Paola Prestini’s music takes the listener on a journey through different life experiences, creating an aural and visual map of the different countries and cultures that have inspired her. These travels sonically reflect the impact that collective identities, cultures and values have when they meet and dissolve in a person whose artistic roots are the collective sum of many parts.
This culminates in a romantic vision told in the form of calls to prayer, spirituals, narrations, and electronic resonances that come together with visuals to create Prestini’s unique voice.
As the Founding Co-Artistic Director of VisionIntoArt, a NY-based interdisciplinary arts company, I have spearheaded, collaborated on and produced numerous new music projects and events for the past fifteen years. This work has taught me about the balance of respecting others’ ideas, of letting certain ideas go, and how to differentiate between them so as not to compromise artistic integrity. My love in the artistic and executive process is bringing disparate voices together, and allowing the synergy that emerges to grow. I have brought this inclusive vision to all of my curating, with a focus on new music, and interdisciplinary art. I am unswayed by trends and yet excited by all voices; I strive to stay ahead of the curve, and I am tremendously interested in nurturing new talent. I founded my nonprofit, VisionIntoArt, with the belief that artists can provide opportunities for other artists, and that the skills we have as creators can be translated into producing and directing talent.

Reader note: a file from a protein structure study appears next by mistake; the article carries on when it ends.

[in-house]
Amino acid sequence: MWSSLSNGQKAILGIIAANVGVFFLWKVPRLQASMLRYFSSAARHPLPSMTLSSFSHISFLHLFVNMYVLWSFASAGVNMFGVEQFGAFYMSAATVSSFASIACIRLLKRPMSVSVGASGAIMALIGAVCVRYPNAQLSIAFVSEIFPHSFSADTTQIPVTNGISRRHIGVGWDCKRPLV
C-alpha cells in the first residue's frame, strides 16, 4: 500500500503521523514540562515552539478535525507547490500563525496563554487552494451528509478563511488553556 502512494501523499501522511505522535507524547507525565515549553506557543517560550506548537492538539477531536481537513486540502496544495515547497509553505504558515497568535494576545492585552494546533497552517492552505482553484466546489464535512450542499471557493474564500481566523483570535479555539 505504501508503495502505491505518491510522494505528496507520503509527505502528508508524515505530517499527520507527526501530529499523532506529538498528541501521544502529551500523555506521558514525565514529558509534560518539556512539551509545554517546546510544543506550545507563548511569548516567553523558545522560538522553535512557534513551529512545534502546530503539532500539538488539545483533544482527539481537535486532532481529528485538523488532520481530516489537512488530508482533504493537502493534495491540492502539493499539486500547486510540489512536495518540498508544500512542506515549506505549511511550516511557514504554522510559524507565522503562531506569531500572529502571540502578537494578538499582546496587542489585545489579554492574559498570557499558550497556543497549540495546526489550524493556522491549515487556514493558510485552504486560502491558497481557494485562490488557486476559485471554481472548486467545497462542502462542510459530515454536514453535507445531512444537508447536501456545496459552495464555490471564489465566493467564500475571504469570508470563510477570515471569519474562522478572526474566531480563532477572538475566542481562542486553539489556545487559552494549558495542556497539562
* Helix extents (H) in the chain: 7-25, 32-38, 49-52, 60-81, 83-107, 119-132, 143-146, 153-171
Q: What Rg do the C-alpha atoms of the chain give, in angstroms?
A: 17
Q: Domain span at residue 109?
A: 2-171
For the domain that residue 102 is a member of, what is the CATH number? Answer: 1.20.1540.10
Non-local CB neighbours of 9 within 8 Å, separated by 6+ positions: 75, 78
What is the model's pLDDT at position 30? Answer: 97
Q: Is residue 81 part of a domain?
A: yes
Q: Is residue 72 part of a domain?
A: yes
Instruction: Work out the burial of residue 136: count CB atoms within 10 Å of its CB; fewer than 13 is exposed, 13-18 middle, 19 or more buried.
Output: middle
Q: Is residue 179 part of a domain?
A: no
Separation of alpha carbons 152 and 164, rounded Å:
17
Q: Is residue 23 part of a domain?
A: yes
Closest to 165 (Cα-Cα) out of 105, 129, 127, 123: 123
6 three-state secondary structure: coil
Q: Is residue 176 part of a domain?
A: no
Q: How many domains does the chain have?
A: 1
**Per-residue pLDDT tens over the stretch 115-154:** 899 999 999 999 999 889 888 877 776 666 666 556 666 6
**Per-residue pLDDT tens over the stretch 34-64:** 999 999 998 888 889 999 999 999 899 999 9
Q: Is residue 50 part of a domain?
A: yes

I am also currently the Creative Director for National Sawdust, a Brooklyn based venue that opened in October 2015. Bringing this venue to life has brought me great joy, and it’s performances have landed on New York Magazine’s Best of the Year list, and our programs and partnerships have been thrilling. Since opening, we have had 17 New York Times reviews-63 world premieres-350 performances, and an audience total of 27,520.
I am a composer, a producer, and a mentor. My influences range from Zorn (his music, his life) and Glass, to Beethoven, Palestrina, and folk music. I have dedicated the past twenty years to collaborating, and I have learned that collaboration can be an arduous process, and it is the balance of respecting people’s ideas, how to let certain ideas go, (and how to know which ones you will not let go) that allows you not to compromise your artistic integrity. Collaboration is an art in and of itself that can only be learned by doing it, making the necessary mistakes. My role in the process is my love of bringing disparate voices together, and seeing what emerges from the synergy. I continue to evolve because I see how different people ingest these new experiences-their rawness to the experience often enlightening certain parts of the collaborative process that were not clear to me before. Each artist’s passion for their ideas reminds me that redefining the boundaries in collaboration is a lifelong process and is absolutely connected to the project at hand, and that even in the hardest collaborative processes, ones identity is not lost, only rediscovered and reaffirmed.
Literature has played a huge role in my writing-it has always been my first collaborator; I love painting music on these canvases-the ideas on the page invite me to play and to think. It began with Neruda and Borges at a very young age, and now, I am actively reading the blog of astrophysicist Mario Livio, pouring into Jung’s Red Book, and am rediscovering the epic, Gilgamesh and the poetry of Brenda Shaughnessy.
When I write, after an initial process of often puzzling mechanical work (finding the language I want to use, and the outside sources that will be incorporated), I am in a state of flow: I often cannot remember the details of writing. It is as if all the years of experience come together to transport me through the process of expressing the cumulative inspirational sources into the musical concept at hand. These moments pay for all the hard work! They are the best moments of my musical life, and even though each musical project has a different entry point, that moment of flow occurs in each experience.
Photos by Erika Harrsch